Residents Anxiously Waiting to Return Home Crowd into Lake County Emergency Meeting

California Connection
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CLEAR LAKE -- As firefighters continue to battle the Mendocino Complex fires, the thousands of people who have been evacuated are waiting to find out when they can return home, demanding answers from firefighters at a community meeting Tuesday morning.

"We have over 2,000 firefighters working on the incidents to try to get you back home to your home safely and put this fire out," one firefighter told residents.

For the people who live near Clear Lake, evacuation orders are nothing new.

"We've evacuated four times in the last eight years," Jack Smalley, a Spring Valley resident.

But even those who are used to wildfires burning in their backyards say it doesn't make it any easier.

"I think everybody's first instinct is uncertainty, you know, in fear of losing what they have," Smalley said.

So it's no surprise it was standing room only when evacuees had a chance to talk with the firefighters whose hands they left their homes in. Most of them wondered when it will be safe to check on their properties.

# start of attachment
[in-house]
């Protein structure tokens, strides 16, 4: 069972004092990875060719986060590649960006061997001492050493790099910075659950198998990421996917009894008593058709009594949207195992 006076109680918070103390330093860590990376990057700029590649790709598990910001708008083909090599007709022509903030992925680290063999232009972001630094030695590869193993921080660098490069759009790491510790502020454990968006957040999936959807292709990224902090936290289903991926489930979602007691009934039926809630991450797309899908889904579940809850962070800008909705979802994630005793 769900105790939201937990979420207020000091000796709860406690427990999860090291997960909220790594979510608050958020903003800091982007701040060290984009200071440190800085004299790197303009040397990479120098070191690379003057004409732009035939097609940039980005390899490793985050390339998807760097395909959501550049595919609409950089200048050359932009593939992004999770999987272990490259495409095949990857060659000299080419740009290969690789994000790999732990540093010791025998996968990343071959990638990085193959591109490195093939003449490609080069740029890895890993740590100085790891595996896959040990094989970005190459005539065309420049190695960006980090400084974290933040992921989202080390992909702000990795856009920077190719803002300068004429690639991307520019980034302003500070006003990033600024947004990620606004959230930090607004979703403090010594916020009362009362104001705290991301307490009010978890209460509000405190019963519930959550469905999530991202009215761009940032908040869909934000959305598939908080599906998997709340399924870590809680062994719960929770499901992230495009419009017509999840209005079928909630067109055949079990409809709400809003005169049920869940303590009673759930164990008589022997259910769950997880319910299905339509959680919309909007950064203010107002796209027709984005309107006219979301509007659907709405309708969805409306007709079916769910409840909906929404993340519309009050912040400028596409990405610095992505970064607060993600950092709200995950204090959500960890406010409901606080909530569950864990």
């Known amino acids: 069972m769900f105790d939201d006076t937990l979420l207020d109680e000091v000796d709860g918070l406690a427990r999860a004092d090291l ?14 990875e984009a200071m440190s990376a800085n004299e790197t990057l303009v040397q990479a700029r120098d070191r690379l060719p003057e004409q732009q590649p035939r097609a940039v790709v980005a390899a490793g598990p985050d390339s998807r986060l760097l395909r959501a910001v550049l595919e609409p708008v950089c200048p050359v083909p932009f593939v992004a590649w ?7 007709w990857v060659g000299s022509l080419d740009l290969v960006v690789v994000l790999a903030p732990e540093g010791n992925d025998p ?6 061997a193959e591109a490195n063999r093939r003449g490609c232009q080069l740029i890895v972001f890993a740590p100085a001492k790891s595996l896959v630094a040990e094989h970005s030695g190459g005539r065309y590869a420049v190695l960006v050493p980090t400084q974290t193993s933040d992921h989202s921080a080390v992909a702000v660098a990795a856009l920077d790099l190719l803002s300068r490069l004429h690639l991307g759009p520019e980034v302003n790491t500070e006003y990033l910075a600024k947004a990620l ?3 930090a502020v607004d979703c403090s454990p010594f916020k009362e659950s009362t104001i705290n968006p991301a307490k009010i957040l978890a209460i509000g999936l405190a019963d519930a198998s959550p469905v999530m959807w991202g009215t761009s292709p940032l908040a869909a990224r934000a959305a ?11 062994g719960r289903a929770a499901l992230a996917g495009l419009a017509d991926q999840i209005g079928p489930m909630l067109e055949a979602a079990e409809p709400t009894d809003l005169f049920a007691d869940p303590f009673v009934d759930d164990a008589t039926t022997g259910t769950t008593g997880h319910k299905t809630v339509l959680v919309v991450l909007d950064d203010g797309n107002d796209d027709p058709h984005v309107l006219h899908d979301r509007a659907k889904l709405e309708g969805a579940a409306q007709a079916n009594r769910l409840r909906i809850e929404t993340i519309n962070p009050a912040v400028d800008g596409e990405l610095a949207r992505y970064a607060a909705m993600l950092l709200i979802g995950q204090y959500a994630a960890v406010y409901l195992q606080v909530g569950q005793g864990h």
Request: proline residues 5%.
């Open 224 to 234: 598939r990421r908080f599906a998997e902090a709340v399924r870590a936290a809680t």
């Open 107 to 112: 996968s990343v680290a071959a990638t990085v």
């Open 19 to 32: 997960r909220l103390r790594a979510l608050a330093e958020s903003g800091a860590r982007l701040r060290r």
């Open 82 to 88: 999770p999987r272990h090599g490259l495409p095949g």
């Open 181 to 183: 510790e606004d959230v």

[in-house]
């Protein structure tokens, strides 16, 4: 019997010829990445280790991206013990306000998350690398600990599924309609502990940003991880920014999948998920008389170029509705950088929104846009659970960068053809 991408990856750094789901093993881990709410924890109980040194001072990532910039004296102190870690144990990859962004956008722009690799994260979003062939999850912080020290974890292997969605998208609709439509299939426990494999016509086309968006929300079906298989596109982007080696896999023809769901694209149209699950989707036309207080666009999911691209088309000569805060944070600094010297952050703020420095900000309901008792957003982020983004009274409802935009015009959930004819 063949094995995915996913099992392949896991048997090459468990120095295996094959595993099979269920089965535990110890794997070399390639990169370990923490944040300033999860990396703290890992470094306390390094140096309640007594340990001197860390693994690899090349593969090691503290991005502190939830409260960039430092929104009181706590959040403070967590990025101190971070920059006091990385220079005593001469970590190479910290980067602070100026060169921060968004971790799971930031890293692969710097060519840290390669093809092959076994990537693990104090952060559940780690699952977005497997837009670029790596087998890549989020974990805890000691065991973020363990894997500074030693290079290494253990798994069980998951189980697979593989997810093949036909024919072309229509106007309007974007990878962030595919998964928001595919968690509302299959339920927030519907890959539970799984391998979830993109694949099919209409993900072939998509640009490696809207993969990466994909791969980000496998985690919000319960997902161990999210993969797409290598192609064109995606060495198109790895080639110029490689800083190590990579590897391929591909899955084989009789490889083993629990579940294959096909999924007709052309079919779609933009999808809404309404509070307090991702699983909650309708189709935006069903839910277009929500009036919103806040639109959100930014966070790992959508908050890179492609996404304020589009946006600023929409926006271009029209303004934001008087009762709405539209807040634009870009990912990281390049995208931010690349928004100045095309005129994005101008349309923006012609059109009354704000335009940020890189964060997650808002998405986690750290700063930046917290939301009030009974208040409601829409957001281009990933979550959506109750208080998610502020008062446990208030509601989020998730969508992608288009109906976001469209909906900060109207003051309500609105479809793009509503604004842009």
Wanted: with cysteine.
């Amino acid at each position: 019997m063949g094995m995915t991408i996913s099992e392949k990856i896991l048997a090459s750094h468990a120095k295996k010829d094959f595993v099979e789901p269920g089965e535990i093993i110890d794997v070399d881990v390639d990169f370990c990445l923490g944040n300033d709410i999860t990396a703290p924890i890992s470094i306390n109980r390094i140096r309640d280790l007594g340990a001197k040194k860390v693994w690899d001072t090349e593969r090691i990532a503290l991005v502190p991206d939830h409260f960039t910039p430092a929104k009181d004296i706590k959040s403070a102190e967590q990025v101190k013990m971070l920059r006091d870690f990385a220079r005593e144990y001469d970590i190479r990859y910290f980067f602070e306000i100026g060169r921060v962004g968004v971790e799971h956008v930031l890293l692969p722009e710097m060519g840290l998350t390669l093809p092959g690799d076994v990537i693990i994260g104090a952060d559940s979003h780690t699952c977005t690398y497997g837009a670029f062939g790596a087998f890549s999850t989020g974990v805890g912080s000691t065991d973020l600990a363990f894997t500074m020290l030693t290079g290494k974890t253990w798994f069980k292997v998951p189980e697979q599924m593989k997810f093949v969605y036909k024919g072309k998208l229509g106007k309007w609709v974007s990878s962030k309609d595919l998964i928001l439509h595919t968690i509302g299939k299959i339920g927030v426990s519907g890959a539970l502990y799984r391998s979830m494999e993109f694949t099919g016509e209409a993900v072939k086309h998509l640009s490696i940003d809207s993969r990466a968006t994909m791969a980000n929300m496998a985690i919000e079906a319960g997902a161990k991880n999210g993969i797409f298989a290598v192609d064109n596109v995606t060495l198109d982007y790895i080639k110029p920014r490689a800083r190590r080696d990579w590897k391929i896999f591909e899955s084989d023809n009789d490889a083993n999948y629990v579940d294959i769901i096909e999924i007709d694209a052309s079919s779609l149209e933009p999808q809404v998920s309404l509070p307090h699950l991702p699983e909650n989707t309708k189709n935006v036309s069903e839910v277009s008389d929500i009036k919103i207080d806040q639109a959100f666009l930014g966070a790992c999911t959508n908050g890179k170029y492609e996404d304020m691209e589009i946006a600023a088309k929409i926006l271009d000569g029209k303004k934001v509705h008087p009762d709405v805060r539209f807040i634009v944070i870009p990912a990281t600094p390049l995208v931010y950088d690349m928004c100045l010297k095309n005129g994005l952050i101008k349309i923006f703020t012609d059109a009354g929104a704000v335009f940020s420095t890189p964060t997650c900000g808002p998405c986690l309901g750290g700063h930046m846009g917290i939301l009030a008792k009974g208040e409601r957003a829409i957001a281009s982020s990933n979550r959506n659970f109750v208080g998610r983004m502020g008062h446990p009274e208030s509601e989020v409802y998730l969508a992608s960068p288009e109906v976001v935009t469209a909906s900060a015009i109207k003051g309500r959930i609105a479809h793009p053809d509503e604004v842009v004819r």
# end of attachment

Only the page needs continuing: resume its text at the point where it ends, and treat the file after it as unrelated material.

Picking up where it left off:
"We're not out of the woods," a firefighter said. "That's why we can't repopulate those areas because we can't guarantee your safety."

Firefighters' main focus has been on protecting homes and buildings but they say they simply don't have enough resources to knock down the flames completely.

"Typically we would go at it all at once. There's just not the resources for that," a firefighter told the crowd.

Other major fires in Redding and Yosemite are pulling fire crews from across the state, leaving the firefighters near Clear Lake short-handed.

That's why the Lake County Board of Supervisors declared a state of emergency in hopes of bringing in some backup. But until crews get a better handle on the flames, thousands of evacuees face the task of finding a place to stay while they wait.

"Where do I go? You know, I got four dogs so that makes it hard to go even to a shelter right now," said Brenda Berdechowski.

Some still don't know if their house will be standing when they can finally return.

"The hard part's not knowing and not knowing whether today I should go out and start making arrangements to find a new place to live or not," Berdechowski said.

The Mendocino Complex is a combination of two fires burning to the west and north of Clear Lake. Firefighters say they don't think the two fires are at risk of merging right now.


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